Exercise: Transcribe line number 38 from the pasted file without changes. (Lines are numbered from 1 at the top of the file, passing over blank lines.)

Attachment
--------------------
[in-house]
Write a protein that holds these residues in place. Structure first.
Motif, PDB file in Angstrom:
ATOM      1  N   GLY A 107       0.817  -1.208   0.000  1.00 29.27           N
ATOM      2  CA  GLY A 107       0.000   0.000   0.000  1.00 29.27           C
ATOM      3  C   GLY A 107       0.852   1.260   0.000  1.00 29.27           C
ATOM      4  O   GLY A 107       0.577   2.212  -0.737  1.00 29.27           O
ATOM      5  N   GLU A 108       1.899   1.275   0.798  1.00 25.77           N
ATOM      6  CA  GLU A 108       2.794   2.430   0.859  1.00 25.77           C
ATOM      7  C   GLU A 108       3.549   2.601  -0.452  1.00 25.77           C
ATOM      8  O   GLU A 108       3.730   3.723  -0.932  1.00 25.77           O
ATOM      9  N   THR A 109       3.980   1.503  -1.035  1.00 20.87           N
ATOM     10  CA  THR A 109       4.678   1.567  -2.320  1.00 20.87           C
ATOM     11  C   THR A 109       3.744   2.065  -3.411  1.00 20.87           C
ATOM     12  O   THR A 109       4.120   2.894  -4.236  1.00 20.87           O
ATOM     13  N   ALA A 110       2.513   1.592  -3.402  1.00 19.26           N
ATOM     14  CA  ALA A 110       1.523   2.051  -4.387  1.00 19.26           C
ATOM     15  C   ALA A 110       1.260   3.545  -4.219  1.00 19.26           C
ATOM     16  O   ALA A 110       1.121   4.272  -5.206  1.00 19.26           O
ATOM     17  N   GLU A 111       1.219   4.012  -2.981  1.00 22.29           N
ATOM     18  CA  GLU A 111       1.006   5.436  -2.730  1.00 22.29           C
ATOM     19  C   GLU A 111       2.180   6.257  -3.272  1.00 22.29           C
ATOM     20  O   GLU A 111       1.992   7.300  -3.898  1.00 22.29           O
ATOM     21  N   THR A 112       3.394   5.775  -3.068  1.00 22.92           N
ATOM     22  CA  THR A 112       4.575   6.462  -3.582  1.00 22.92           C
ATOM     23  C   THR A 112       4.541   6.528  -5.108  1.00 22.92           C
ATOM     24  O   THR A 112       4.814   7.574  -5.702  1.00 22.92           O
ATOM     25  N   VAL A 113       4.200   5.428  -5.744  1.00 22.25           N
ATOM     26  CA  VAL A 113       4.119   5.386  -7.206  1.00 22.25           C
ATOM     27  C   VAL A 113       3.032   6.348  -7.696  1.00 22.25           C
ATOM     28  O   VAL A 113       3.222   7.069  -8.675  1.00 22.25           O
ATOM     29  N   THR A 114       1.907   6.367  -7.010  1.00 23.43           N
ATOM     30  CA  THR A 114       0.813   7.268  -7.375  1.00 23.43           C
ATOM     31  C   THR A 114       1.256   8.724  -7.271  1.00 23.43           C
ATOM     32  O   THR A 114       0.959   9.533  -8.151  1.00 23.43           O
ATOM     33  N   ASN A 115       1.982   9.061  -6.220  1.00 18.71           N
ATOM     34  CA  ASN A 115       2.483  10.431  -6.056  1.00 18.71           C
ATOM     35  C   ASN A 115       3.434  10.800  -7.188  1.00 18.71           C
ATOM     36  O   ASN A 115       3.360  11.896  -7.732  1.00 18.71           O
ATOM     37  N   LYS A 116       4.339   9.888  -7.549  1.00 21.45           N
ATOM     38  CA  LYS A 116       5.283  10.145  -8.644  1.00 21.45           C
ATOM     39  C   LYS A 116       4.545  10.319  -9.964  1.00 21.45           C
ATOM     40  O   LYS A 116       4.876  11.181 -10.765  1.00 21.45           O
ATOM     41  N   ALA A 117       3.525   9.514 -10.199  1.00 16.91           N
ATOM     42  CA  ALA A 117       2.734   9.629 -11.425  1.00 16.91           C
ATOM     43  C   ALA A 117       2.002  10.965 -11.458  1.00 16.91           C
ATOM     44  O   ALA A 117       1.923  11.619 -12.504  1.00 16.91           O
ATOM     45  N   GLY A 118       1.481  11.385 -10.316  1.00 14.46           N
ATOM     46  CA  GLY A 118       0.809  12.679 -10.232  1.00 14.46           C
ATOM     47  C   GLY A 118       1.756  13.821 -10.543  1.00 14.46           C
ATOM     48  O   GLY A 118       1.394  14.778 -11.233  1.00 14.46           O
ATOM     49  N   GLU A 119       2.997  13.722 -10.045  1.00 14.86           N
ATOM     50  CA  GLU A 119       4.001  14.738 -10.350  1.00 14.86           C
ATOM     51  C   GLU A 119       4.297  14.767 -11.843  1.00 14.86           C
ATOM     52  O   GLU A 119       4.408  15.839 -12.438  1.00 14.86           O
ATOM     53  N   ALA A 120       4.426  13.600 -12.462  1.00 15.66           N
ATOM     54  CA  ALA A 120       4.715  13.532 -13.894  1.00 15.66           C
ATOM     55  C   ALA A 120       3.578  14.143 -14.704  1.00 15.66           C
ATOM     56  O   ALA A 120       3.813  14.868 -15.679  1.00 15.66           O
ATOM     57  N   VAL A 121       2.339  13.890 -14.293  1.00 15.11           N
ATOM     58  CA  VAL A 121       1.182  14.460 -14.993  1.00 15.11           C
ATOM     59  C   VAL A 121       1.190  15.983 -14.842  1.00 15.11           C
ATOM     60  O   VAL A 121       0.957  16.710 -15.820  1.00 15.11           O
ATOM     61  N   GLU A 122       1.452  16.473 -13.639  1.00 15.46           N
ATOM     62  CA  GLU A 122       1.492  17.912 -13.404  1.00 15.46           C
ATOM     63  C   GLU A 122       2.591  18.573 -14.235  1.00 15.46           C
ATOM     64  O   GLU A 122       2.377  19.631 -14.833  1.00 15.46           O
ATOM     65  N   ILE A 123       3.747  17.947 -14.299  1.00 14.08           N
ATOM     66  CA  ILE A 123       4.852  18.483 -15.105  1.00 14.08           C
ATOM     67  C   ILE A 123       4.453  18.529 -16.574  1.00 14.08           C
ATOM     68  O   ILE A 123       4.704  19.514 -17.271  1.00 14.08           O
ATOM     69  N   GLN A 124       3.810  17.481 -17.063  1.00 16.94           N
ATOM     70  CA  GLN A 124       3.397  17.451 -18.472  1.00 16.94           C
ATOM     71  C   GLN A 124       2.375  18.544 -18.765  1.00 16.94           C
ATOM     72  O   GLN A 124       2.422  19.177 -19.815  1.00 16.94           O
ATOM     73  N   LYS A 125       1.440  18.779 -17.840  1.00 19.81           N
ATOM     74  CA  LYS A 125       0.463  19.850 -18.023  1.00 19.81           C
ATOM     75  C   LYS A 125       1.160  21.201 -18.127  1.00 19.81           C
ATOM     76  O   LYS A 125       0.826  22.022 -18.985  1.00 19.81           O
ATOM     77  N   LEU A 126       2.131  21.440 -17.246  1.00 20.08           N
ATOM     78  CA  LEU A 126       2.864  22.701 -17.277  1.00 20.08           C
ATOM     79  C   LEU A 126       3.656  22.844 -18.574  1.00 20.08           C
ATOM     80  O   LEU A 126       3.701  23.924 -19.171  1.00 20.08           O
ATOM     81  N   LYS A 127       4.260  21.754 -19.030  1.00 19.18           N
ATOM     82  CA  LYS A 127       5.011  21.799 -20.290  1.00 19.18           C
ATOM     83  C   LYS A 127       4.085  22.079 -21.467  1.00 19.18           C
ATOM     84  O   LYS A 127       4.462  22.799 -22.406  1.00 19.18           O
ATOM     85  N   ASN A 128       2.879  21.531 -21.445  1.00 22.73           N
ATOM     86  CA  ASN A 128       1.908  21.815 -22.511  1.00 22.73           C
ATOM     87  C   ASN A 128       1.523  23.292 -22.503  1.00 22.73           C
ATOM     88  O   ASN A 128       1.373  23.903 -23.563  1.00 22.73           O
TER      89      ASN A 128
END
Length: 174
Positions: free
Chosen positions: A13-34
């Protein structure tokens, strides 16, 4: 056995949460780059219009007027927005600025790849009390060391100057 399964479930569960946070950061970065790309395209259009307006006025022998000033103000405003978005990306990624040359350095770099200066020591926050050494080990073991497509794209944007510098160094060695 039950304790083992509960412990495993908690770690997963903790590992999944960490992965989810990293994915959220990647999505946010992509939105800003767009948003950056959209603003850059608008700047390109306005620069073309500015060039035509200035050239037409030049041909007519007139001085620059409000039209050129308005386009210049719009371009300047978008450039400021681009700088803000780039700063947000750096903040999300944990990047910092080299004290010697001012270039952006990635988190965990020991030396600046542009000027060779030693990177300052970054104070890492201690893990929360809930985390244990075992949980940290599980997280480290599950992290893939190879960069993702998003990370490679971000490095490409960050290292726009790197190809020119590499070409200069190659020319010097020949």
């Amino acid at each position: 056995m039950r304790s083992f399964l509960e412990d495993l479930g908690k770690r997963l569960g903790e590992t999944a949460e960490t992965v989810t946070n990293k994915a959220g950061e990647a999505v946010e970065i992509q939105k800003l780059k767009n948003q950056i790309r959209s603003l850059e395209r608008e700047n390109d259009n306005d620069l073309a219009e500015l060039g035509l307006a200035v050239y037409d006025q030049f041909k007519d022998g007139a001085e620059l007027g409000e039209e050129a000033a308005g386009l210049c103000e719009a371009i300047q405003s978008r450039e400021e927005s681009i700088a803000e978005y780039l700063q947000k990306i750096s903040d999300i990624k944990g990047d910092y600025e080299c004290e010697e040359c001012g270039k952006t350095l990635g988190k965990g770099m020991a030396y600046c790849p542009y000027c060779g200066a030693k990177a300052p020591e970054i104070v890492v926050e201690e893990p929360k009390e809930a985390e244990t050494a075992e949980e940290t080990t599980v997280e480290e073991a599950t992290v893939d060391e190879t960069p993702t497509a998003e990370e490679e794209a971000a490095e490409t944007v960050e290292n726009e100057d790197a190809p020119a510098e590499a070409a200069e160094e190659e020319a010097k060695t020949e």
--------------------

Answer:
ATOM     35  C   ASN A 115       3.434  10.800  -7.188  1.00 18.71           C